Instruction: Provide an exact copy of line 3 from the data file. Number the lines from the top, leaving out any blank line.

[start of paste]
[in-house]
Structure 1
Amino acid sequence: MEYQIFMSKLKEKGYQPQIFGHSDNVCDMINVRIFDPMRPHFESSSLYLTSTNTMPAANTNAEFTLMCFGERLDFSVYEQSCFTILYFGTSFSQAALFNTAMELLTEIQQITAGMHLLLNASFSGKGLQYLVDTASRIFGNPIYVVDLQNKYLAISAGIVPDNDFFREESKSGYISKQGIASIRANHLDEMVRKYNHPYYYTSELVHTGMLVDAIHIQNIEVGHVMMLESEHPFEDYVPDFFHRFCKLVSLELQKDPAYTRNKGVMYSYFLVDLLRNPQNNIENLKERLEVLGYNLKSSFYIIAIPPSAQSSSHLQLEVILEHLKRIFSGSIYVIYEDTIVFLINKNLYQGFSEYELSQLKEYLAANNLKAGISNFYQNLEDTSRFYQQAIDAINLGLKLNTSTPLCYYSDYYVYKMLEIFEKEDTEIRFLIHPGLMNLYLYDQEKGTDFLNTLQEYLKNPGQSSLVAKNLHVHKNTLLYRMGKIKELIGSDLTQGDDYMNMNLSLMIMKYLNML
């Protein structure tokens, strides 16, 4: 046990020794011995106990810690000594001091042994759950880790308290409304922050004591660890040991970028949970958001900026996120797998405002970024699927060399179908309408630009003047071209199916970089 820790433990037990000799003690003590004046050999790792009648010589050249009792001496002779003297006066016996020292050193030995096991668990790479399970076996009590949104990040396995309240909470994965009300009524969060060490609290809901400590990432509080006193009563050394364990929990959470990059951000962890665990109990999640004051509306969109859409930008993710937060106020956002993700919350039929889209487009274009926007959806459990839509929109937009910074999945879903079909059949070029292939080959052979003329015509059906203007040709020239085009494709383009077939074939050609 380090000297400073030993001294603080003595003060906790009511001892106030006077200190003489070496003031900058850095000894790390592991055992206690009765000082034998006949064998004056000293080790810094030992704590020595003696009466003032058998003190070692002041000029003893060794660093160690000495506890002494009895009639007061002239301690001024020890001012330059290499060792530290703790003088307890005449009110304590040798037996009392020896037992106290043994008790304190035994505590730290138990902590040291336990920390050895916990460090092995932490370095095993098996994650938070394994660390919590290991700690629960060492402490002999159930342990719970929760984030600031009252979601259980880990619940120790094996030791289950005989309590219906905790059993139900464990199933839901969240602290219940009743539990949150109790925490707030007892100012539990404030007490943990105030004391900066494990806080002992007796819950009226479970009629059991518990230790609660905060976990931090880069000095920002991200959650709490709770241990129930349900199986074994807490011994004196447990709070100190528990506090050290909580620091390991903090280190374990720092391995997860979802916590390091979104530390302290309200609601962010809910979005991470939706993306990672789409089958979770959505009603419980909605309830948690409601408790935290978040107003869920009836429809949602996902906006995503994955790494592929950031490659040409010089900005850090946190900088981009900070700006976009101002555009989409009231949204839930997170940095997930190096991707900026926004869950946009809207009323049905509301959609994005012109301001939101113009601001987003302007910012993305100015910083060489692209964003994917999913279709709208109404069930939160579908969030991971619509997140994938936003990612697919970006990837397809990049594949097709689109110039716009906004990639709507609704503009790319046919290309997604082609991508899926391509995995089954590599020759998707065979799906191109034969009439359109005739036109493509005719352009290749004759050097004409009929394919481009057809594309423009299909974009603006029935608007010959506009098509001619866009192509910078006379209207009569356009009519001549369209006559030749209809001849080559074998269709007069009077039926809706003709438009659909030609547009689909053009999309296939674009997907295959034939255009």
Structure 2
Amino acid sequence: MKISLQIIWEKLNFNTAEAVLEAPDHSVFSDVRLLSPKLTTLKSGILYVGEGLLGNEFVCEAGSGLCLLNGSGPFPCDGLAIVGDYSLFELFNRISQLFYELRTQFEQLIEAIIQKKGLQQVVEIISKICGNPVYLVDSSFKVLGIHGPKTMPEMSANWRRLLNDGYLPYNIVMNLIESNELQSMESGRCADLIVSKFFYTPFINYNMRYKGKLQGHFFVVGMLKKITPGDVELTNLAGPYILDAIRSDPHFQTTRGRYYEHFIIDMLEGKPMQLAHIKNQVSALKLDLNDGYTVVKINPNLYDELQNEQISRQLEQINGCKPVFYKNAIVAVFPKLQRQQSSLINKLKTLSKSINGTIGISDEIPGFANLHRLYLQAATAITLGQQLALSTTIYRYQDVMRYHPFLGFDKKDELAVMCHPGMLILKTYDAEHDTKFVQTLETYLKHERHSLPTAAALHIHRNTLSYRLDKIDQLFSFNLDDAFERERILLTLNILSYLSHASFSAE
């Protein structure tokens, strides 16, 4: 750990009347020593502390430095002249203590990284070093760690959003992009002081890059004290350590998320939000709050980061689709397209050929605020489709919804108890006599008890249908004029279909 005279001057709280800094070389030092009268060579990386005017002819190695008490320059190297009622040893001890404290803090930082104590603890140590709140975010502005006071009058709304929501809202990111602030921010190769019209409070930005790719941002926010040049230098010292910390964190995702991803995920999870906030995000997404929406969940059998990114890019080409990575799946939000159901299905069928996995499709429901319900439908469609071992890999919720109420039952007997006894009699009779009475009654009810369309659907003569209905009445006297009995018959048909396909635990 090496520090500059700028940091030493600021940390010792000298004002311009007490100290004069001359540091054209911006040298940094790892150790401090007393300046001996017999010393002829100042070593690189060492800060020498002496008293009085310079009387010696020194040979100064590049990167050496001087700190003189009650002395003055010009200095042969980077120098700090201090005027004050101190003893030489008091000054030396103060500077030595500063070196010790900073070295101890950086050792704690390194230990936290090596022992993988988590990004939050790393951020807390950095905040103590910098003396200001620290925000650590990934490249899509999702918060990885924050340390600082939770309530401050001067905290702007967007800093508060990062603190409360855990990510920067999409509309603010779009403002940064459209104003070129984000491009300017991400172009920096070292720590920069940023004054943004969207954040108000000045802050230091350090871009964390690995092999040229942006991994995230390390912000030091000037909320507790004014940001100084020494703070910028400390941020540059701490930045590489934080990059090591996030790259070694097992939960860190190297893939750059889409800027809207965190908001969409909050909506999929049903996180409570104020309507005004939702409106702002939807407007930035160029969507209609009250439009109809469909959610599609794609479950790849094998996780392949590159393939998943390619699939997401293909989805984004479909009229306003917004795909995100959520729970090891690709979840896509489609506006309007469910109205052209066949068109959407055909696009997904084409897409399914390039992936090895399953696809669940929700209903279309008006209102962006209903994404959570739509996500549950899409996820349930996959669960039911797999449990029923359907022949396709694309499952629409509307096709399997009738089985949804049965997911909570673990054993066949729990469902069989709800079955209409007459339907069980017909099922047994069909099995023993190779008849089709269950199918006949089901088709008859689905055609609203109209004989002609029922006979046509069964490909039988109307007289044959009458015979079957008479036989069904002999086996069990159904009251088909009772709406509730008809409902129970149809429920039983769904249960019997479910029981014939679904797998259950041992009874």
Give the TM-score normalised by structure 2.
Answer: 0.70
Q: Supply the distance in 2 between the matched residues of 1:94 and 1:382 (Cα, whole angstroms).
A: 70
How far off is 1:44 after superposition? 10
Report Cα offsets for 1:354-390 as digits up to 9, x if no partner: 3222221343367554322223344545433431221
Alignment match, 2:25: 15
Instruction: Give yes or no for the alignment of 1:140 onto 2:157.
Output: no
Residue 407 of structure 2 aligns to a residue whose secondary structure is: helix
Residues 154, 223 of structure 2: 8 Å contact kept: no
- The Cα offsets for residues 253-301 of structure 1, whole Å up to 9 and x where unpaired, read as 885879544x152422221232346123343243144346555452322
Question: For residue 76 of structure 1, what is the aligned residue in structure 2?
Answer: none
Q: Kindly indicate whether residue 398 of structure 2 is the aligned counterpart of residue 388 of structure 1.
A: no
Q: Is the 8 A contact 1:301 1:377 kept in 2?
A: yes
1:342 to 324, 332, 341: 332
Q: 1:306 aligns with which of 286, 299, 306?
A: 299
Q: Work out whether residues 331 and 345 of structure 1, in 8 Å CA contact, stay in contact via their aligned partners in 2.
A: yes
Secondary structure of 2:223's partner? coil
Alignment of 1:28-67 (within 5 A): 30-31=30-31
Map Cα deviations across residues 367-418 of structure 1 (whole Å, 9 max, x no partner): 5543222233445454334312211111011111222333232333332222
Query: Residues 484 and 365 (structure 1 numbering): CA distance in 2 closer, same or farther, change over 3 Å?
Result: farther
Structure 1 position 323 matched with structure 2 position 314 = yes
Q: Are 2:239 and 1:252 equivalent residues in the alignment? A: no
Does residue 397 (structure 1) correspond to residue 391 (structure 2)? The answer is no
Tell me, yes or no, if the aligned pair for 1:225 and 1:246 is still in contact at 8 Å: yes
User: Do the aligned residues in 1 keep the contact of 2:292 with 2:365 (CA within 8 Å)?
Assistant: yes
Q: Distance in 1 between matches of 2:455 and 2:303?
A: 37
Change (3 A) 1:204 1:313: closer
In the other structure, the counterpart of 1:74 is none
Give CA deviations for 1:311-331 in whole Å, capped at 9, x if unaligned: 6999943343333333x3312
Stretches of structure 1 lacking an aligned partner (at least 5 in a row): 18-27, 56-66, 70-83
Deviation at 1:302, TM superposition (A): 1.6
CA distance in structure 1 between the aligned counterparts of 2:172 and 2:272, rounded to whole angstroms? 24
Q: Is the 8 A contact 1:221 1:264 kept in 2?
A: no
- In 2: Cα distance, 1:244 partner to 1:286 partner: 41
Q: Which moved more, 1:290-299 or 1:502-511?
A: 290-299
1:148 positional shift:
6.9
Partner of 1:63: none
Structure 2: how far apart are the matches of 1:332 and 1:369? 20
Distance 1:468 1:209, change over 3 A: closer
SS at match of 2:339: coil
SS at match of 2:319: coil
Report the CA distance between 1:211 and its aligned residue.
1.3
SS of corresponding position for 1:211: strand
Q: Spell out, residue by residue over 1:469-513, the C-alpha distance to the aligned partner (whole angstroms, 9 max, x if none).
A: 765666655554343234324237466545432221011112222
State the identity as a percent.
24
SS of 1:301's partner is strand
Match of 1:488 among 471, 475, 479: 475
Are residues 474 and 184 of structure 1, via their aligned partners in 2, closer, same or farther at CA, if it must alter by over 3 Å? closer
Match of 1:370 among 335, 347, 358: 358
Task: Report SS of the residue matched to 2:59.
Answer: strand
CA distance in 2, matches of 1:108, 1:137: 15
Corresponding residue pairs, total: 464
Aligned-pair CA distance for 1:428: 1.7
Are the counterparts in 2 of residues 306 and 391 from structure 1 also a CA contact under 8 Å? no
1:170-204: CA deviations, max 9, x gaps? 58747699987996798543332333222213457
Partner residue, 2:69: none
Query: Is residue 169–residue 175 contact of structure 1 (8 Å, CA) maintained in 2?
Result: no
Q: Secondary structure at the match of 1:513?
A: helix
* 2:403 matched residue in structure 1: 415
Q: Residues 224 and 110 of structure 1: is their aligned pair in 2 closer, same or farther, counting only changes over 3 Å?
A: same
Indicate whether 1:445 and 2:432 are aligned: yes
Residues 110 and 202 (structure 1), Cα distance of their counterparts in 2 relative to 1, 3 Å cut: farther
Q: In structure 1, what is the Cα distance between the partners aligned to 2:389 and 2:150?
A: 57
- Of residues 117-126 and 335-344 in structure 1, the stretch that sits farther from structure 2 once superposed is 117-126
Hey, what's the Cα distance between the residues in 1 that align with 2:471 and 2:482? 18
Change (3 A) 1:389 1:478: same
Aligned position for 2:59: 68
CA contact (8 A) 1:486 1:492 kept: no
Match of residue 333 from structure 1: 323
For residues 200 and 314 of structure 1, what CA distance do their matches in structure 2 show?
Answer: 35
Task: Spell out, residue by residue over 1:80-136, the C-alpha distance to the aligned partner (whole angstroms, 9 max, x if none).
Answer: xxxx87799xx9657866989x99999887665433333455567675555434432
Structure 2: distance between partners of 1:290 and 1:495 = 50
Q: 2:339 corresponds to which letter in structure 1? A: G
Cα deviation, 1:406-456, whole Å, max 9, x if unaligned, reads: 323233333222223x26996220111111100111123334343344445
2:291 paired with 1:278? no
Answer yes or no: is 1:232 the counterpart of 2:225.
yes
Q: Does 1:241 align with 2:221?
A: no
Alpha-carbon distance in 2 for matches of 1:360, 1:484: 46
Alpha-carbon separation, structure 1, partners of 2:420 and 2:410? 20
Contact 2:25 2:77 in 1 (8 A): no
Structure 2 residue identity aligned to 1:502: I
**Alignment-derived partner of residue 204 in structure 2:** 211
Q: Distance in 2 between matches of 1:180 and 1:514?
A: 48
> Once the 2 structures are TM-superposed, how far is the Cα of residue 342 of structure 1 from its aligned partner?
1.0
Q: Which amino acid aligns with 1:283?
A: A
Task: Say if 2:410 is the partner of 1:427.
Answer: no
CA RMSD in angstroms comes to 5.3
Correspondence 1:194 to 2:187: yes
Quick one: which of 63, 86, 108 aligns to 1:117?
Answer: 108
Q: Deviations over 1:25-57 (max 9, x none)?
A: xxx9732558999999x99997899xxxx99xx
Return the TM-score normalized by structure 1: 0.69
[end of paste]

Amino acid sequence: MEYQIFMSKLKEKGYQPQIFGHSDNVCDMINVRIFDPMRPHFESSSLYLTSTNTMPAANTNAEFTLMCFGERLDFSVYEQSCFTILYFGTSFSQAALFNTAMELLTEIQQITAGMHLLLNASFSGKGLQYLVDTASRIFGNPIYVVDLQNKYLAISAGIVPDNDFFREESKSGYISKQGIASIRANHLDEMVRKYNHPYYYTSELVHTGMLVDAIHIQNIEVGHVMMLESEHPFEDYVPDFFHRFCKLVSLELQKDPAYTRNKGVMYSYFLVDLLRNPQNNIENLKERLEVLGYNLKSSFYIIAIPPSAQSSSHLQLEVILEHLKRIFSGSIYVIYEDTIVFLINKNLYQGFSEYELSQLKEYLAANNLKAGISNFYQNLEDTSRFYQQAIDAINLGLKLNTSTPLCYYSDYYVYKMLEIFEKEDTEIRFLIHPGLMNLYLYDQEKGTDFLNTLQEYLKNPGQSSLVAKNLHVHKNTLLYRMGKIKELIGSDLTQGDDYMNMNLSLMIMKYLNML